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Discussion in 'Your Vintage Home' started by LolitaHaze, Jun 13, 2006.
Looks good! There is something about crystal chandlers that just says elegant!
The chandelier really goes well with the whole look of the place Frank. Nice work.
I agree. I love chandeliers!
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"What works great for those situations is hornet spray. It sprays over 20 feet and they don't like it one bit"
In IL you have to be a professional trapper to legally trap them. In northern IL there are so many skunks and raccoons that the pro trappers cannot legally relocate them (although they don't tell you that). They are required to "eliminate" them by one of the approved state of IL methods.
Your comment about the hornet spray had me LOL. I drove a rather obstinate one out from under my deck by pouring ammonia on him. Never thought to try hornet spray. I'll have to give that a try. Fall and spring is when I have troubles with them. In the fall the yearlings are looking for a winter home. In the spring the females are looking for a place to raise their litters.
In ten years, they have done over $1000 worth of damage to my house. That's why I hate the things.
Very nice, Frank. Looks great!
That chandelier really does make the room. It looks great.
Here's a typical "chandelier" in my old house:
When I was a boy and stayed here with my grandmother and aunt, I had a string tied to the pull-chain on the light and ran it to a hook by the bed. That way I could turn the light on and off from the bed. To a small boy, that was really something (I guess it didn't take as much to keep me interested in those days). The only rooms that have a regular light switch in this house are the dining room, the front porch, back porch, and the stairway. All the other lights have a pull chain. The electricity was put in here in 1930, and all the fixtures are still the original ones to that time.
Back in those days, if you had electricity you flaunted it. No shades or switches would do. The pull cord says---look at me I can afford it. I have them in a few places around my 1920s place as well. I added a chain with a fancy glass bob at the end to add to the elegance.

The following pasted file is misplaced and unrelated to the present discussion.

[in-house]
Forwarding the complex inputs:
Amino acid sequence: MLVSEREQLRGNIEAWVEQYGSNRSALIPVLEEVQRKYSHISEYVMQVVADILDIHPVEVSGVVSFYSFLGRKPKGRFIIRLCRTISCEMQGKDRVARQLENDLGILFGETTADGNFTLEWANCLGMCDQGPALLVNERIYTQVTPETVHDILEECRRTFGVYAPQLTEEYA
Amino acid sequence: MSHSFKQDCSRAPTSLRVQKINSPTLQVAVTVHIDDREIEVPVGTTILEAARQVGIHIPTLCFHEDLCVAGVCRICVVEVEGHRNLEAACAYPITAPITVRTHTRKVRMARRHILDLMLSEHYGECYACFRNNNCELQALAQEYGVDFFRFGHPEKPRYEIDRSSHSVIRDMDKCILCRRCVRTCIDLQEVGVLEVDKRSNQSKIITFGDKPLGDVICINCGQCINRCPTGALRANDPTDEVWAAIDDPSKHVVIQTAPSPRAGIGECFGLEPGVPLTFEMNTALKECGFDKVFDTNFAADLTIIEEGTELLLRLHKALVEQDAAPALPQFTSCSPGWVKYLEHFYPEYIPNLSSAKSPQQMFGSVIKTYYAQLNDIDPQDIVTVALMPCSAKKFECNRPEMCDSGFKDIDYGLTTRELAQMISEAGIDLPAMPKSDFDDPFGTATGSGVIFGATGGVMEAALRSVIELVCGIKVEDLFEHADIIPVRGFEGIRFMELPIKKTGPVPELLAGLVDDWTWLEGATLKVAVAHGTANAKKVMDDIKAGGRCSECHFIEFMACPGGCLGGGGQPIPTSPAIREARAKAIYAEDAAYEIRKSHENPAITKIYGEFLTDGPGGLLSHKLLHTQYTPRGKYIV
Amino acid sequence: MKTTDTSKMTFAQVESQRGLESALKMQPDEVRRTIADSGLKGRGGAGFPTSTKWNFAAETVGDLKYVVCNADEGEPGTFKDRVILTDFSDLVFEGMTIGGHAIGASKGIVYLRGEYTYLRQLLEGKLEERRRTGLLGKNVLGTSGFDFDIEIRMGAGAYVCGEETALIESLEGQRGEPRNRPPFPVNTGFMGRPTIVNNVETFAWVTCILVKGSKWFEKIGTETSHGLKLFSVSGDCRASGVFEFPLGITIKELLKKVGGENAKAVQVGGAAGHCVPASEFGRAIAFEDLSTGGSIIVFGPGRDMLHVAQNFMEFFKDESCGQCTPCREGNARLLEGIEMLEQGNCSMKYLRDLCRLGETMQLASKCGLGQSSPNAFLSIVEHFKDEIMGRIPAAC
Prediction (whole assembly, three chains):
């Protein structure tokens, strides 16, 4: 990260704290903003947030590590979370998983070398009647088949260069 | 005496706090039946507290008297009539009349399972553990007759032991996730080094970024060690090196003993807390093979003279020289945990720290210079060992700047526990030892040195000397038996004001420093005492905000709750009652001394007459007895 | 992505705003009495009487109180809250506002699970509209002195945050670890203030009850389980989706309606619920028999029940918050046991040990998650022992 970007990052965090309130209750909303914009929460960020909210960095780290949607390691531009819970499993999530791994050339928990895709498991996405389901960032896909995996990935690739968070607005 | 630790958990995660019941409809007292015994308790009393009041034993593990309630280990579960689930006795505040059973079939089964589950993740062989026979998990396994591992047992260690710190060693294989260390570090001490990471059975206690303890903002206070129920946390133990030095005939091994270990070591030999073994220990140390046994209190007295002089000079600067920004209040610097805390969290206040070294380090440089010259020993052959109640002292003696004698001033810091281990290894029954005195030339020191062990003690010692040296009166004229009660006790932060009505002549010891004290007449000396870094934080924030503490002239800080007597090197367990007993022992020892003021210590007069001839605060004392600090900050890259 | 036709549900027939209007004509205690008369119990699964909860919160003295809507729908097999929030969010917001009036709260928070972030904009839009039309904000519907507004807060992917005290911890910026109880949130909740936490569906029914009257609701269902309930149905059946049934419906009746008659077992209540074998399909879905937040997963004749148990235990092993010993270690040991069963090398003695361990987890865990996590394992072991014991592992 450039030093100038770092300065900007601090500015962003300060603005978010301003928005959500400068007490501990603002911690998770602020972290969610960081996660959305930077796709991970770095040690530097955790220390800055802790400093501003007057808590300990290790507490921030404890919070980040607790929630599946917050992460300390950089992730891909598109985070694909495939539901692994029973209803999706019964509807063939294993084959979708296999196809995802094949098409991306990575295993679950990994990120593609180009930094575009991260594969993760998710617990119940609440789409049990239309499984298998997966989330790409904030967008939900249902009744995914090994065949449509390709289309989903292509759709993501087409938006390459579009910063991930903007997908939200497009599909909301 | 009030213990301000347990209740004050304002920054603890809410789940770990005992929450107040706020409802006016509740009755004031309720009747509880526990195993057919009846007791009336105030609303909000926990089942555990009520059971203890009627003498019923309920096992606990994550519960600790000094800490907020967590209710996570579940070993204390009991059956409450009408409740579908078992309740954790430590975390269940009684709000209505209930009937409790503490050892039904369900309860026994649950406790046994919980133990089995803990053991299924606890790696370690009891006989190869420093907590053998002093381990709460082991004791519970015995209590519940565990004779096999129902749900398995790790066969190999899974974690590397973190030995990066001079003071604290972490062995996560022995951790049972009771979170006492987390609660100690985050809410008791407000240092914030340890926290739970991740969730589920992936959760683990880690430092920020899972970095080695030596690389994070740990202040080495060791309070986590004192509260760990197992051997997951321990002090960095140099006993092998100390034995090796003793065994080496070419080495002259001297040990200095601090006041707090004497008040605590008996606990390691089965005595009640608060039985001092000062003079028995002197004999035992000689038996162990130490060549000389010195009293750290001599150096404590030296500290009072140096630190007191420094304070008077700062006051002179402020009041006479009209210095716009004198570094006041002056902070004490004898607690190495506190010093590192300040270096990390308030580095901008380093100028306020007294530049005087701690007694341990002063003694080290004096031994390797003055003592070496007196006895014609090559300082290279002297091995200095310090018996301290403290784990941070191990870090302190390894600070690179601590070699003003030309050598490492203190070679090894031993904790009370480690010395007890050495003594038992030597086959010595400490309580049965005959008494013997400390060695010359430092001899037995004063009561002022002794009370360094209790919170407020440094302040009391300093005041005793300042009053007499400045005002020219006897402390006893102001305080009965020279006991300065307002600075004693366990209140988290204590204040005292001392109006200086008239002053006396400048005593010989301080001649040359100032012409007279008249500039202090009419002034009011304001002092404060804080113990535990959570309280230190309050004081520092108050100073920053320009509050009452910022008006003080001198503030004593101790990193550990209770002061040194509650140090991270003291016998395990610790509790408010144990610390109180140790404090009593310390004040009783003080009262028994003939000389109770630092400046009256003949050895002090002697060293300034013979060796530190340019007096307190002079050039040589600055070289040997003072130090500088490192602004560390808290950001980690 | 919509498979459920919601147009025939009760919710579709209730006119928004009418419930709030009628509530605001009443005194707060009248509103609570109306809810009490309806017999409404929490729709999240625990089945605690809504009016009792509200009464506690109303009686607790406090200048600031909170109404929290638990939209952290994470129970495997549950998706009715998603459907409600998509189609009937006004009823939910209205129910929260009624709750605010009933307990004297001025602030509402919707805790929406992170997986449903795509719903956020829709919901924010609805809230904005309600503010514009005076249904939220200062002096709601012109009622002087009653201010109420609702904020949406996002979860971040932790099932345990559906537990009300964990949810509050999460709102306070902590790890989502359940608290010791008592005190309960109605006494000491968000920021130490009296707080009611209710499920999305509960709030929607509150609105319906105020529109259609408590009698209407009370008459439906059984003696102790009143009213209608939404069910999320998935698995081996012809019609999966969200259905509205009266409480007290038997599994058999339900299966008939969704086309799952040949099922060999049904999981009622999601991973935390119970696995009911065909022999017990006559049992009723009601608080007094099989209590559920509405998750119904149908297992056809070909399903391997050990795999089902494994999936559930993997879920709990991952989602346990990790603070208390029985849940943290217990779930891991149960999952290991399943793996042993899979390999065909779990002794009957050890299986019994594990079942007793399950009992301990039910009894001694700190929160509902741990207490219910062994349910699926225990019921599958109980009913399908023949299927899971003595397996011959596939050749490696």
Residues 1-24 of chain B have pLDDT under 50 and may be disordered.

We used to have those in the kitchen -- only we had a little wooden lobster buoy for a fob. In my pantry, the bob is a rubber squid.
Definitely Martha Stewart objet de art touches.
A cousin of mine who lives in Canada (Toronto) has a house with pull-chain lights. But I don't think their house is particularly old.
We have pull chains in the basement and closet. Decidedly not code.
Pull chain lights are so much easier to wire, hence why they are so common.
My house was built in the 60s and it has pull chain fixtures downstairs and out in the garage. Two of the three upstairs bedrooms have a pull chain light in the center of the room, above the bed, AND a light switch by the door. Best of both worlds, I guess.
That was too late for bragging rights.
The pull cord to the bed reminds me, when I was a kid. My Dad was an electrician, so he would come home with a lot of new fangled devices, one was a light switch with a delay so when you turned it off, you would have time to get into bed before it turned off. I had a lot of fun with the neighborhood kids with that, I would quickly turn it on and then off, and run to the middle of the room, just in time for the light to go off. This would get all of them tapping their toes around trying to turn off the light. Like you said, we were easily amused back then!
We have those in the basement of our 1940 Cape Cod......with extra long pull cords.
The best were the ones that had a long lead through a pulley right to where a switch would have been if it were hard wired.
My grandfather had those in his old farmhouse. They are probably Chinese-made wrenches now.
The Old Girl tried to kill me this afternoon! I decided to take on the cat smell head on with some Clorox bleach, the scented kind. First of all, it still smells just as bad as regular. Second, yes I know, bleach and ammonia are a lethal combination! I thought, I wont be down there very long, and I have windows and a door open. Of course, I kept expanding the perimeter, and a couple of minutes turned into many. Suddenly, my nose started running uncontrollably, then my chest started to tighten. I realized this was not good, and beet feet up the stairs and out side. I'm doing fine, but, even though there is not much concrete left to do, I will by a proper mask. On a side note, my neighbor saw me and said she found Smudgy, which was the cat trapped in the basement. She was in her garage, three weeks in my basement, almost four days in the garage! Unfortunately, she was so traumatized, she wanted nothing to do with any of us. I took her down to the Humane Society, they will try to adopt her out, if not, they will see if she is a candidate for release into the wild. She was actually nice to the workers. Maybe, she figured out, she better be nice to some one, or else!
Nice of you to take care of the little Pee Monster.
Make sure the house doesn't end up offing you! :doh: Not only open winows but put on a STRONG fan blowing the smell out (the window toward your least favorite neighbor ).